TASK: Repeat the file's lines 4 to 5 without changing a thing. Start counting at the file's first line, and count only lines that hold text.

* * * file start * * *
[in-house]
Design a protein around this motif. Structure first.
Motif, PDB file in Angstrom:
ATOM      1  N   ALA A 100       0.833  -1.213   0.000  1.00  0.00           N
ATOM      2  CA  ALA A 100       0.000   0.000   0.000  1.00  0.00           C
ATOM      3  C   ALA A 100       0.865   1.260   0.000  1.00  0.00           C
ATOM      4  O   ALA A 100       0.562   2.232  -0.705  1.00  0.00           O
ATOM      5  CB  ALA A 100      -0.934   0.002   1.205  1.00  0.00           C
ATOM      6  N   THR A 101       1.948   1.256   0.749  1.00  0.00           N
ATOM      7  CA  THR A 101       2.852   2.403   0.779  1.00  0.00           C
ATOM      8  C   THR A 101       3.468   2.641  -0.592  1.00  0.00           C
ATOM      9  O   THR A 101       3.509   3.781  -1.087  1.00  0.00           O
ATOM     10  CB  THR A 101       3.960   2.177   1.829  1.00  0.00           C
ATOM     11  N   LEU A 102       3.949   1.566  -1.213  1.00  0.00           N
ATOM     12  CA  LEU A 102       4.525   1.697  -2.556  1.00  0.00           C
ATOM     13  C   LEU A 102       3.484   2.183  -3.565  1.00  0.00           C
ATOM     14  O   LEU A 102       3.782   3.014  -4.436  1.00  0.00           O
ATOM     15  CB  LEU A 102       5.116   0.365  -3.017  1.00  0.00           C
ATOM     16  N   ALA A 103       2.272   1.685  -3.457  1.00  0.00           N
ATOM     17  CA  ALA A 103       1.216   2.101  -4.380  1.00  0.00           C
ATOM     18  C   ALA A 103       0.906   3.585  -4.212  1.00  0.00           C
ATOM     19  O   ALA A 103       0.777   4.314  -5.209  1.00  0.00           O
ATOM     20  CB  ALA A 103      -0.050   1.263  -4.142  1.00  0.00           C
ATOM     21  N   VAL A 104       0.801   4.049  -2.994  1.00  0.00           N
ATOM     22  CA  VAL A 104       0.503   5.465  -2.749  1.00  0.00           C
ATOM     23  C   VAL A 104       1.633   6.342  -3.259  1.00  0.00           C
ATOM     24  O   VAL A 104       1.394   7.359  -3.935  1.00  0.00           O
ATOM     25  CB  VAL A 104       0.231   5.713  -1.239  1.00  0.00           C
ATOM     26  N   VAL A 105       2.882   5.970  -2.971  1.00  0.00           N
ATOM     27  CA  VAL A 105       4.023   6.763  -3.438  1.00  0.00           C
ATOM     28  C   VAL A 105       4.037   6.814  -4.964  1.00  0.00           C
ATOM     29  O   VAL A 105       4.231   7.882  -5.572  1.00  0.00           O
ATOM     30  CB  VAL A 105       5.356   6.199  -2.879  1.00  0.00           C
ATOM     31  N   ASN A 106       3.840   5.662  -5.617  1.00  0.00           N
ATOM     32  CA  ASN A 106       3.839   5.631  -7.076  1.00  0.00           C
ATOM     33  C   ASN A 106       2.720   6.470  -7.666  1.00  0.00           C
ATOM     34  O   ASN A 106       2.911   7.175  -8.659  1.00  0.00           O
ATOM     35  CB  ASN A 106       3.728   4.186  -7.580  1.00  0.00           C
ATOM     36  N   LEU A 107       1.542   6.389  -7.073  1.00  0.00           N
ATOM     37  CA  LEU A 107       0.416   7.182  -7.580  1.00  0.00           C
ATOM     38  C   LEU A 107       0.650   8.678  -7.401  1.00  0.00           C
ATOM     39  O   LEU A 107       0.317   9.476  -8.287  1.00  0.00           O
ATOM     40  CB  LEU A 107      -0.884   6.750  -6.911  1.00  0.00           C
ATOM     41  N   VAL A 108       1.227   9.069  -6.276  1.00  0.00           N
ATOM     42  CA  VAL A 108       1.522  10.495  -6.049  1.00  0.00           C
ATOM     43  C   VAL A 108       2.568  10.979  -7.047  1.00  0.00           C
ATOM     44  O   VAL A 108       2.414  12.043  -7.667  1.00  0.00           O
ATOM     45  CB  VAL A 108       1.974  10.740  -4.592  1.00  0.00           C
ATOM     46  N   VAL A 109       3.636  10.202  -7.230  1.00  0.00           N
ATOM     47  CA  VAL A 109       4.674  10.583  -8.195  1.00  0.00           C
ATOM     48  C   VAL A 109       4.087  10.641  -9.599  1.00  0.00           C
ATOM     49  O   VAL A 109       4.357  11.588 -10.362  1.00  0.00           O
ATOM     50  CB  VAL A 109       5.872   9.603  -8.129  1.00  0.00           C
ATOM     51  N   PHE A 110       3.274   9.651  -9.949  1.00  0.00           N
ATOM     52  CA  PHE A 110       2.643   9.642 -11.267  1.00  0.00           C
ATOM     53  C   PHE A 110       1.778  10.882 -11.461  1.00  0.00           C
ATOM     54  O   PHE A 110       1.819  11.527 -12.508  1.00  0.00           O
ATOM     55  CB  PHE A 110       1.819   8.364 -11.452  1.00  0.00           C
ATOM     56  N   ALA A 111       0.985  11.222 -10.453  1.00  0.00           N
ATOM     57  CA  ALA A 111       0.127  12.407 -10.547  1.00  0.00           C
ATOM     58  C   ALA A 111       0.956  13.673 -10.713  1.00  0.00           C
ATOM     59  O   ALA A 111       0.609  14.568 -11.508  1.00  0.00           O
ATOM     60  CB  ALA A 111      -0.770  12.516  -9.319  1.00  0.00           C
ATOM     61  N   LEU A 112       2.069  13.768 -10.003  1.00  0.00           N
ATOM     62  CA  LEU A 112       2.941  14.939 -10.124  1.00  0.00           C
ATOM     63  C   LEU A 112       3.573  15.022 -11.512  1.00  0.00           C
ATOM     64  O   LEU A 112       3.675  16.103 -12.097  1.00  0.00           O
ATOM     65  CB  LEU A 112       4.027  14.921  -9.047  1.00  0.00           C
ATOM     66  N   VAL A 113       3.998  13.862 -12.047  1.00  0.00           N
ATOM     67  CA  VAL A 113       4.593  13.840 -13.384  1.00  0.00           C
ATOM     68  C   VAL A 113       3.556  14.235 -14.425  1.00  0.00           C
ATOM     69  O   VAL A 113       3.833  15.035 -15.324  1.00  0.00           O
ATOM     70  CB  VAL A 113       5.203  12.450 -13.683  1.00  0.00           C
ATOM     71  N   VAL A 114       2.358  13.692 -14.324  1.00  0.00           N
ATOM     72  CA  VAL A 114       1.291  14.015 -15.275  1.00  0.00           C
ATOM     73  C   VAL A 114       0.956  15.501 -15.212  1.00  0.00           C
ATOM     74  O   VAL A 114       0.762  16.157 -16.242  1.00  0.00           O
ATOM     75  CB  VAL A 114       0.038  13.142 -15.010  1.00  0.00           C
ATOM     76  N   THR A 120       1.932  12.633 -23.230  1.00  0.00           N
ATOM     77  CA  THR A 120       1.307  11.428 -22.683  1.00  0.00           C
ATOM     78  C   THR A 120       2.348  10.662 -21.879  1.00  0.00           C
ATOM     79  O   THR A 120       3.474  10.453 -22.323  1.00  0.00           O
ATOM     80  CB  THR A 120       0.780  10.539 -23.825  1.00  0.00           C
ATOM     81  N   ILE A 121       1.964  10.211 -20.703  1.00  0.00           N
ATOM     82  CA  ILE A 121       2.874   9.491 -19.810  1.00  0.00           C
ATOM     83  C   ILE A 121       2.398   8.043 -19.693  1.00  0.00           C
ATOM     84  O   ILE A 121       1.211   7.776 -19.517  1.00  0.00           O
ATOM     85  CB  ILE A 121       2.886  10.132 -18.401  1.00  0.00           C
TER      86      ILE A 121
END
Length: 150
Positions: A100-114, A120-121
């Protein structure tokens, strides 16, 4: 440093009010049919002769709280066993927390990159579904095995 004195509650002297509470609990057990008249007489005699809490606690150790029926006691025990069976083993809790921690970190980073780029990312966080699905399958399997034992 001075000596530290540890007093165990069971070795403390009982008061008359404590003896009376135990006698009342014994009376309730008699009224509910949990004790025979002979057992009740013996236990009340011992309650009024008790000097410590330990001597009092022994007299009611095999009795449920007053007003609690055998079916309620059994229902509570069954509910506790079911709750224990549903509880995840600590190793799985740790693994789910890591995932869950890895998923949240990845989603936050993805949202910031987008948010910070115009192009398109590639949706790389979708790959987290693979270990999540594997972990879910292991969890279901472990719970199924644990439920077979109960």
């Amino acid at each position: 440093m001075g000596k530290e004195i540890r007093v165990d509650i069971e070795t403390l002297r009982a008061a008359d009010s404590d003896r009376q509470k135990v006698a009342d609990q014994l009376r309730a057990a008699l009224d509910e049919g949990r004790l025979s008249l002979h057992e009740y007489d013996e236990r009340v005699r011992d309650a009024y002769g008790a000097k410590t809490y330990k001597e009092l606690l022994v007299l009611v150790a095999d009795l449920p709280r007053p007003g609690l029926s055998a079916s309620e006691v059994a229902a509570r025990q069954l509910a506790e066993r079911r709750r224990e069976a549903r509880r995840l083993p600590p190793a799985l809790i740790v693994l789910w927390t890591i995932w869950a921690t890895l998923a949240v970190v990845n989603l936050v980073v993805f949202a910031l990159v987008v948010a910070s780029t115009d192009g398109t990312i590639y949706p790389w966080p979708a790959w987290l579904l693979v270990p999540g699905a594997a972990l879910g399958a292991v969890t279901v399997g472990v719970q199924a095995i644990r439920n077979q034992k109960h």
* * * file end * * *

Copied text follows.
ATOM      1  N   ALA A 100       0.833  -1.213   0.000  1.00  0.00           N
ATOM      2  CA  ALA A 100       0.000   0.000   0.000  1.00  0.00           C